Anime / Pokémon: The First Movie

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"We dreamed of creating the world's strongest Pokémon... and we succeeded."
Dr. Fuji's last words

The very first movie in the Pokémon series of films. Because even at that point it certainly wasn't going to be the last, so why mince words? note 

A team of scientists create Mewtwo, a superior clone of legendary Pokémon Mew. Angry at having been created to serve and be used by humans, he decides he's Gotta Kill 'em All.

It should be noted that this Pokémon movie is one of the few that is alluded to in the actual series,note  having plot elements set up throughout the first season of the show. Furthermore, there is a made-for-television sequel called Pokémon: Mewtwo Returns that continues the plotline and themes.

The film came packaged with a short called Pikachu's Vacation, which featured the Pokémon enjoying themselves in a holiday resort with little presence of any human characters, with Ash, Misty and Brock only making faceless cameos at the beginning and end, and Meowth and the Pokédex narrator being the only prominent characters with lines.


This movie provides examples of:

  • Adaptation Origin Connection: In both this movie and Pokémon Adventures, Team Rocket is responsible for Mewtwo's creation. In the original games, it was a project by an independent group of scientists. As a consequence, that Team Rocket made Mewtwo has been a strong piece of Fanon ever since.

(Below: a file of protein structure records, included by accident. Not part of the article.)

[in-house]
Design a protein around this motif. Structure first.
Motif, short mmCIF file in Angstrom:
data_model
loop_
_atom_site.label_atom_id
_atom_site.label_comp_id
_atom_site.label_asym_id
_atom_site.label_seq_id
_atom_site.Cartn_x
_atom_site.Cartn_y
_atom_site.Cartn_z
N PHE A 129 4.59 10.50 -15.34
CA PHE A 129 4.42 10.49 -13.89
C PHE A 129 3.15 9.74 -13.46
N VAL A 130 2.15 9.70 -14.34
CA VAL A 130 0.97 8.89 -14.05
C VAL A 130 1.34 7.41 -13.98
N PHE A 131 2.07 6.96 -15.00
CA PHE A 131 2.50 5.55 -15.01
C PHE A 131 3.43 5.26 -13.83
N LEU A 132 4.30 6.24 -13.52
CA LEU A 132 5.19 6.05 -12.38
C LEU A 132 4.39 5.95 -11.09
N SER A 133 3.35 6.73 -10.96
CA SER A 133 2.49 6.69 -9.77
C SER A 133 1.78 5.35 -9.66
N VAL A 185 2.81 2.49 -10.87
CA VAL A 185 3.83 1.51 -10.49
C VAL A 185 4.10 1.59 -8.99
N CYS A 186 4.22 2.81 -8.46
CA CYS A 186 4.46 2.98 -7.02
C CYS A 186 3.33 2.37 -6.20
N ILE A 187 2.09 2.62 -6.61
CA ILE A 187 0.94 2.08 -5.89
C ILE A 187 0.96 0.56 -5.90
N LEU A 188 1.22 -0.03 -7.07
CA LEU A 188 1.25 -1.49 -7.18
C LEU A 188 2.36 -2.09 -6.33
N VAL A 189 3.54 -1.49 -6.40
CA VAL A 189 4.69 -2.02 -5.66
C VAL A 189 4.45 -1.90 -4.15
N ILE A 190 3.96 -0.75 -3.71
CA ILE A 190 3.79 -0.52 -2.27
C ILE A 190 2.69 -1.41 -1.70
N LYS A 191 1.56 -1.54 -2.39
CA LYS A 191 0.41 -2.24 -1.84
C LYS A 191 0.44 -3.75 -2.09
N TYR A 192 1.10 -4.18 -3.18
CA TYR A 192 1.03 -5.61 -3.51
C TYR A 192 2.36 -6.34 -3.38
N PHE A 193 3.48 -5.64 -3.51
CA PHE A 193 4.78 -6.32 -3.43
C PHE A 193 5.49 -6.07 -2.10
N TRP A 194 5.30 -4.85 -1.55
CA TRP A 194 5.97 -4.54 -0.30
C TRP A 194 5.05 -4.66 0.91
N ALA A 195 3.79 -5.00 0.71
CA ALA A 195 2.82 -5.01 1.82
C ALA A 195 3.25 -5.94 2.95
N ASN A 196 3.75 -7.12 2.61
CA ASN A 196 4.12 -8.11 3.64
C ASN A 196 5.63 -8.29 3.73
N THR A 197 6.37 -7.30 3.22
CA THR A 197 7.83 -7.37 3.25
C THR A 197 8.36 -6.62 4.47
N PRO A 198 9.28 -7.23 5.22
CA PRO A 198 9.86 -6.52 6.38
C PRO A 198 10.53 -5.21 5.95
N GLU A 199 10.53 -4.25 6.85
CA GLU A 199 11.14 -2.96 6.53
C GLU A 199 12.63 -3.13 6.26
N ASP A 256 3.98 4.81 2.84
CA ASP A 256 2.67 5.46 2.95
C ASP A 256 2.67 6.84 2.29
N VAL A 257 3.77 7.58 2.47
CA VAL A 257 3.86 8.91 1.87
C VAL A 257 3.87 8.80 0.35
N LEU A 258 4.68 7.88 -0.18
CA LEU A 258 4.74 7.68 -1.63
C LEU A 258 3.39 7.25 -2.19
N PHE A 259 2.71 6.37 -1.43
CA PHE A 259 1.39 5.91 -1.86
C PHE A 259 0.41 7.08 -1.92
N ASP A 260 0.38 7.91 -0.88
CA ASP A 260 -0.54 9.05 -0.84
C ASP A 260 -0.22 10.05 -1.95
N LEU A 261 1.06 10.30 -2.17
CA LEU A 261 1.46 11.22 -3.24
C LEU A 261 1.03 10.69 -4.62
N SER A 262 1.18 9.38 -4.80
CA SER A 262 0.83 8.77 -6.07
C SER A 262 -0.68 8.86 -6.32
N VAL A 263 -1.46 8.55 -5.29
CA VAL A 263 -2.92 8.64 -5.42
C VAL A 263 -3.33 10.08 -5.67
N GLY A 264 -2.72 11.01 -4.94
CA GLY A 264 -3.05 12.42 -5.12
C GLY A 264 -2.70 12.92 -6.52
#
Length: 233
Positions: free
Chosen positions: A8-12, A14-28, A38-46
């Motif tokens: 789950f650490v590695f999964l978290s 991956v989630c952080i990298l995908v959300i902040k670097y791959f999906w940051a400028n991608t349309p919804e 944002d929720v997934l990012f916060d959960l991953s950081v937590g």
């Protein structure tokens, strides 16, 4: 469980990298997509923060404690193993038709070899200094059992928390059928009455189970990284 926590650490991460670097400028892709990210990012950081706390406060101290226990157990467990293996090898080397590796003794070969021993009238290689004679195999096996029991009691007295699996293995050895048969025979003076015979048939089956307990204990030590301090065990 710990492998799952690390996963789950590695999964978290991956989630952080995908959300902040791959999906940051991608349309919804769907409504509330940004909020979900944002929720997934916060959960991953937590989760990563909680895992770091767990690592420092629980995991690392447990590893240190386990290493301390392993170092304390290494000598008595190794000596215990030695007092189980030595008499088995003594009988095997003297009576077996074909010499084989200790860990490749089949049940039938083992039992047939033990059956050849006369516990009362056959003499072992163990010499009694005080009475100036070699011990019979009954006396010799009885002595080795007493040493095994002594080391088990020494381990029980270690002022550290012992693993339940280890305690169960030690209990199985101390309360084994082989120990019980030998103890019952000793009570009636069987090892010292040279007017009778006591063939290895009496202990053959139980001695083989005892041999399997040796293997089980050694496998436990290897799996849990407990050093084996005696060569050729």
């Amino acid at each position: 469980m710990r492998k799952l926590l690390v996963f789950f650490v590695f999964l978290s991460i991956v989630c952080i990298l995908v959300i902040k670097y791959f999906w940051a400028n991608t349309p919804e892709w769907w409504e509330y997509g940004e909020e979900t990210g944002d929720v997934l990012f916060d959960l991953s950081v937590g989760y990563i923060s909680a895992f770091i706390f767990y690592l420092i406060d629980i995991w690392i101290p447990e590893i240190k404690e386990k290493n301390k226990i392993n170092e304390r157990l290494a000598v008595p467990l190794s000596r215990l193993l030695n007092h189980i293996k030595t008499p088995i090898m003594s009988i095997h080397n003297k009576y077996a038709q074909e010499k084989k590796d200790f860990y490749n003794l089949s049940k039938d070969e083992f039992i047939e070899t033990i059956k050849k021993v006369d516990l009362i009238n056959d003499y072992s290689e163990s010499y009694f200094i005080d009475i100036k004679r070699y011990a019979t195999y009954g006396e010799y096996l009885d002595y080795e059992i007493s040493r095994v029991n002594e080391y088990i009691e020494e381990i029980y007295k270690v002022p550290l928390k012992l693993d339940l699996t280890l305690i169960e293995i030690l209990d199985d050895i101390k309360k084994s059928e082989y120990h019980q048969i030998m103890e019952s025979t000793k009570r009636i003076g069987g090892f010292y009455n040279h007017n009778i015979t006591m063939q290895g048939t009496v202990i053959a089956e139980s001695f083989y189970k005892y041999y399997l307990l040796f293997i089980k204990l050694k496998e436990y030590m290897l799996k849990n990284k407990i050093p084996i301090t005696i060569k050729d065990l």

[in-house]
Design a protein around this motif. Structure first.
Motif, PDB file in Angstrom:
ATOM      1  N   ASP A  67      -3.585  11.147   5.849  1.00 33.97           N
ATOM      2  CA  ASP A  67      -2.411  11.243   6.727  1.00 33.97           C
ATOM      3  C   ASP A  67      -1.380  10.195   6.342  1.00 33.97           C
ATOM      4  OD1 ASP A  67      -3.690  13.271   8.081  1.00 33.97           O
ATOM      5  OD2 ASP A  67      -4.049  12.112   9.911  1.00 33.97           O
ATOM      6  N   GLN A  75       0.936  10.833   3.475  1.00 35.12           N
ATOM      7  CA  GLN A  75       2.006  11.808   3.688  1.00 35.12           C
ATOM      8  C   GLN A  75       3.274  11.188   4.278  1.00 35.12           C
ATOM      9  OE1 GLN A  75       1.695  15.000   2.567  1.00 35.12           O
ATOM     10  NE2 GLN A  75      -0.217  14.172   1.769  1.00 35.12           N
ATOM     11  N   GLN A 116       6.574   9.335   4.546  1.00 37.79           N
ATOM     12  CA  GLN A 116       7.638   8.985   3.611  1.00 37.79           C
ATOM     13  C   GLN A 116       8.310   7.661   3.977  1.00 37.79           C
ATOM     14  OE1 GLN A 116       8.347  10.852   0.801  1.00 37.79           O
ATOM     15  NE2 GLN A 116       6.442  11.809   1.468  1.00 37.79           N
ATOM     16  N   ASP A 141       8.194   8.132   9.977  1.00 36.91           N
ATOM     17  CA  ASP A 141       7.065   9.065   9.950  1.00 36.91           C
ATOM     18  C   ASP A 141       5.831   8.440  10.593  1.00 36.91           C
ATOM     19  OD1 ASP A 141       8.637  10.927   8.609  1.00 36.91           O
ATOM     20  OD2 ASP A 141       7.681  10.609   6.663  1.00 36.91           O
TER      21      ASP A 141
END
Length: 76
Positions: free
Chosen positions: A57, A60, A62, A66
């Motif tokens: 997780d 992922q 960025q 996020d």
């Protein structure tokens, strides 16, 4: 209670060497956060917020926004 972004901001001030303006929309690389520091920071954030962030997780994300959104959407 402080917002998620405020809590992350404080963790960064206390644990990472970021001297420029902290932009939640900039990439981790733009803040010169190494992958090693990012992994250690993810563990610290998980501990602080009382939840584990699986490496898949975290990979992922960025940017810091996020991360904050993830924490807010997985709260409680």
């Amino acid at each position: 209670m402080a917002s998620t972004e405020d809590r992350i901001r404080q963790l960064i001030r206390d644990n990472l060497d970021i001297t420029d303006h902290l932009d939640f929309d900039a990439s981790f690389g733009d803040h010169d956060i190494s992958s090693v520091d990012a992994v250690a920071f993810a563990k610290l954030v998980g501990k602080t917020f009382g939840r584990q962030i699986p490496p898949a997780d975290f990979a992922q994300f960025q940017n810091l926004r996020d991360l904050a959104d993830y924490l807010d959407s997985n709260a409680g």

• Affably Evil: Mewtwo, prior to his Heel–Face Turn.
  • All There in the Script:
    • The three other trainers who made it to New Island (Corey, Neesha and Fergus) go unnamed throughout the whole movie.
    • As does the blue-haired woman with Officer Jenny at the ferry port. The novelization gives her name as "Miranda" and the Japanese version labels her "Voyager."
  • Ambiguous Gender: No one's quite sure what gender this particular Mew is; most fans consider it to be a girl, especially because of all the pink and liking to ship the two, although it's voiced by Koichi Yamadera (not to mention that, the one time a Mew ''is'' referred to with gendered pronouns, it's referred to as male). A weirder, in-universe example would be the fact that Mewtwo is referred to as an "it" by just about everyone in the dub, despite his obviously masculine voice. Then, more confusion was caused when it appeared with a obviously feminine voice in Pokémon: Genesect and the Legend Awakened .